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The True Cost of Tourism

Visitors to The Netherlands explore Amsterdam by bicycle, April 7, 2017 (Photo by Huub Zeeman) Creative Commons license via Flickr

Visitors to The Netherlands explore Amsterdam by bicycle, April 7, 2017 (Photo by Huub Zeeman) Creative Commons license via Flickr

By Sunny Lewis

SYDNEY, Australia, July 3, 2018 (Maximpact.com News) – The carbon footprint of tourism is about four times larger than previously thought, finds a world-first study. This year the world’s tourism footprint has been quantified across the entire supply chain – from flights to food to souvenirs – and revealed as a gigantic contributor to global greenhouse gas emissions.

Driven by an “insatiable appetite for luxury travel” that increases in tandem with income, Australian researchers found that tourism is a trillion-dollar industry growing faster than international trade. It’s already responsible for almost a 10th of global greenhouse gas emissions.

International tourist arrivals grew six percent in the first four months of 2018, compared to the same period last year, according to the World Tourism Organization, continuing the strong 2017 trend and exceeding UNWTO’s forecast for 2018.

From January to April 2018, international arrivals increased in all regions, led by Asia and the Pacific (+8 percent), with South-East Asia (+10 percent) and South Asia (+9 percent) driving results.

While the United States is responsible for the majority of tourism-generated emissions overall, U.S. tourists are increasingly joined by members of the growing middle-classes in China and India, the study found.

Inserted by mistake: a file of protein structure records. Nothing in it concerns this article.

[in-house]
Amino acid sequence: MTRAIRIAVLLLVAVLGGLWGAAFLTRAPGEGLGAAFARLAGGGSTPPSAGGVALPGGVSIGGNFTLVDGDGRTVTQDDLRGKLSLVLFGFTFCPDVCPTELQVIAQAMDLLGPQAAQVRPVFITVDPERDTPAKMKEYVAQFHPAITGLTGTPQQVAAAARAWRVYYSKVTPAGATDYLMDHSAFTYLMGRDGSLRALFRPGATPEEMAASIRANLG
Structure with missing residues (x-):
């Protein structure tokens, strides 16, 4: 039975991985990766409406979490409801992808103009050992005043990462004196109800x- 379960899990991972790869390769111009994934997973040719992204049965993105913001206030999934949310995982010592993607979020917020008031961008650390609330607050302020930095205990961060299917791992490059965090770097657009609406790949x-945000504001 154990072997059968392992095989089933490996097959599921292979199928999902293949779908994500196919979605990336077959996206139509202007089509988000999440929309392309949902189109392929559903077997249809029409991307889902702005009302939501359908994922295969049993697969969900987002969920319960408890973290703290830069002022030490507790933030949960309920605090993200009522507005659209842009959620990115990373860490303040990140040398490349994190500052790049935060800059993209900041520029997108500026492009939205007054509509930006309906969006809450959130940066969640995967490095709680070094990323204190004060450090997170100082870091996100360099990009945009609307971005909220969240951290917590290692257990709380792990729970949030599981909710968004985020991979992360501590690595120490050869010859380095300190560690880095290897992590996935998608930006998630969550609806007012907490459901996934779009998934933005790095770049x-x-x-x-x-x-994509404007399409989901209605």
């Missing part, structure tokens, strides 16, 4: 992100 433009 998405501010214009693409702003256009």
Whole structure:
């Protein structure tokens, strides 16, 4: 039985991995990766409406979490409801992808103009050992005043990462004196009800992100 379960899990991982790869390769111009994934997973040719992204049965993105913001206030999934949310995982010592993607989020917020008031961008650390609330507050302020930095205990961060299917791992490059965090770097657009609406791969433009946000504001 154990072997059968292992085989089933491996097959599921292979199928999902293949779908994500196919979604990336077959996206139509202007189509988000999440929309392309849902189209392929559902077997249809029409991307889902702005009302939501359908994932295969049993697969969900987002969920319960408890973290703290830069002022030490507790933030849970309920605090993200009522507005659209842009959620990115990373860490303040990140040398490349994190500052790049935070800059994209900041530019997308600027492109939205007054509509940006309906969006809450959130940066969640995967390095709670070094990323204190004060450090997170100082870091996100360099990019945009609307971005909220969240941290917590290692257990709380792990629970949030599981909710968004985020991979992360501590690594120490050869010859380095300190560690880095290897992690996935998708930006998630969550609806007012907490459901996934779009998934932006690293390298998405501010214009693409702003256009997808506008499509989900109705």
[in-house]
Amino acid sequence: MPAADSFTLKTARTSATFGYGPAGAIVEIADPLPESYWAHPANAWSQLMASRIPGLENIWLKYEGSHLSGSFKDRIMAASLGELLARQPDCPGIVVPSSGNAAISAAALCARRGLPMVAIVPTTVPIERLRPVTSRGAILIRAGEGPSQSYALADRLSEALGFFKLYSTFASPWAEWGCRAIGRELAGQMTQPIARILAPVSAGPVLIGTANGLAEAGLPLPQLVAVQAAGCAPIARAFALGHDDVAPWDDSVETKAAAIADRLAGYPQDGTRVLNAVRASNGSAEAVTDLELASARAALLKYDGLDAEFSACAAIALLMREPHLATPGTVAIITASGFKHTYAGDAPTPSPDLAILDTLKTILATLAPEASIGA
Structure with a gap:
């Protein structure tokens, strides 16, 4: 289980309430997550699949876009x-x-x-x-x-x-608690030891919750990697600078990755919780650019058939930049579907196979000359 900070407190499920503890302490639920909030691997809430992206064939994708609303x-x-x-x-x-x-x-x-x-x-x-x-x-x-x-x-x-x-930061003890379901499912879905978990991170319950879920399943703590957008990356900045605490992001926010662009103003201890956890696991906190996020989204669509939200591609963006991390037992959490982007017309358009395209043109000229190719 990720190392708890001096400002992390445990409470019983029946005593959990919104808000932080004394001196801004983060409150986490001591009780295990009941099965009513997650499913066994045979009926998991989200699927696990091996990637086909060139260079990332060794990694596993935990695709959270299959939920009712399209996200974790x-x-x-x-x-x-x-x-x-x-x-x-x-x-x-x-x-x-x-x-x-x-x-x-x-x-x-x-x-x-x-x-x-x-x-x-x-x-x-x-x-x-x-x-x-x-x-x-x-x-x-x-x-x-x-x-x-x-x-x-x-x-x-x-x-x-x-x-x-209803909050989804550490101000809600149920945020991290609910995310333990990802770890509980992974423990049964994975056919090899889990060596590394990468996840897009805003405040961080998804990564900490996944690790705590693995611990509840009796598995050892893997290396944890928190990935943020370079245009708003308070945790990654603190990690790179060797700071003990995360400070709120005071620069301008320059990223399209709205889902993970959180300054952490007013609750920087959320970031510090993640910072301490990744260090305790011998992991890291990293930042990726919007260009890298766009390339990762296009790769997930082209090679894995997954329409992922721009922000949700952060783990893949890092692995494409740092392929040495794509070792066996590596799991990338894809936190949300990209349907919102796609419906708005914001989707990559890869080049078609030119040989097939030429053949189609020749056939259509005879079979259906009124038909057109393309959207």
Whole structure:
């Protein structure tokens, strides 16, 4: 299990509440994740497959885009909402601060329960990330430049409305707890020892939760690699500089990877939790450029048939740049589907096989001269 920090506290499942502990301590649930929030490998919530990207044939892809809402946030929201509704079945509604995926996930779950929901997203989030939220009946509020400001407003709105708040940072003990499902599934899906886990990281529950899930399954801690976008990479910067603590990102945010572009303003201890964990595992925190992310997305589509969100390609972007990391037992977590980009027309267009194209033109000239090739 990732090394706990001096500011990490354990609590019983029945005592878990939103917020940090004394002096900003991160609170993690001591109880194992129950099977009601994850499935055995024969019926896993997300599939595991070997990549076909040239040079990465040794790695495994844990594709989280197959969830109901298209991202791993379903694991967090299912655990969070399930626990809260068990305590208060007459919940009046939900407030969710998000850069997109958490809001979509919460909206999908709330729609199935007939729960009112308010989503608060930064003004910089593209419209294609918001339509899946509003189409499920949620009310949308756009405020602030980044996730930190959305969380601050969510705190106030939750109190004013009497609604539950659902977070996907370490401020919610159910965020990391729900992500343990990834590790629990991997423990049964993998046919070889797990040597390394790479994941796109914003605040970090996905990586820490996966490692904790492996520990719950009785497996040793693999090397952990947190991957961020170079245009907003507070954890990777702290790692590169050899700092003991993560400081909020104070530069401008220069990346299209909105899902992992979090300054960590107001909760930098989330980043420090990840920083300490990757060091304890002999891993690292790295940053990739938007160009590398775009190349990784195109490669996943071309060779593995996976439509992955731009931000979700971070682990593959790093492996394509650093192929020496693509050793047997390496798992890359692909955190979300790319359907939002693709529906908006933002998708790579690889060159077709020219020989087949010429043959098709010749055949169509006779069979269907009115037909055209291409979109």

Through international arrivals, small islands attract an excessive share of carbon emissions considering their small populations, and they are experiencing the consequences.

Key island destinations like the Maldives, Australia and New Zealand are vulnerable to climate stresses, such as sea-level rise, coral bleaching and melting ski slopes.

The research, led by the Integrated Sustainability Analysis supply-chain research group at the University of Sydney, drew data from 189 individual countries and all upstream supply chains.

The findings were published in May in the peer-reviewed journal “Nature Climate Change” under the title “The carbon footprint of global tourism.

Author Dr. Arunima Malik, from the University of Sydney School of Physics, said the complex research took 18 months to complete and incorporated more than one billion supply chains and their impacts on the atmosphere.

“Our analysis is a world-first look at the true cost of tourism, including consumables such as food from eating out and souvenirs. It’s a complete life-cycle assessment of global tourism, ensuring we don’t miss any impacts,” Dr. Malik said.

“This research fills a crucial gap identified by the World Tourism Organization and World Meteorological Organization to quantify, in a comprehensive manner, the world’s tourism footprint,” she explained.

Co-author Dr. Ya-Yen Sun, from the University of Queensland’s Business School and the National Cheng Kung University, Taiwan, said a re-evaluation of tourism as low-impact is crucial.

“Given that tourism is set to grow faster than many other economic sectors, the international community may consider its inclusion in the future in climate commitments, such as the Paris Accord, by tying international flights to specific nations,” she said.

“Carbon taxes or carbon trading schemes, in particular for aviation, may be required to curtail unchecked future growth in tourism-related emissions,” said Dr. Sun.

Lead researcher from the University of Sydney, Professor Manfred Lenzen, said the study found air travel is the key contributor to tourism’s footprint. He warned that the carbon-intensive aviation industry would contribute an increasing proportion of global emissions as growing affluence and technological developments make luxury travel more affordable.

“We found the per-capita carbon footprint increases strongly with increased affluence and does not appear to satiate as incomes grow,” Professor Lenzen said.

All aboard the electric bullet train from Shanghai to Hangzhou, China. China's high speed rail network extends to 29 of the country's 33 provincial-level administrative divisions, the world's longest bullet train network. May 2017 (Photo by Shankar S.)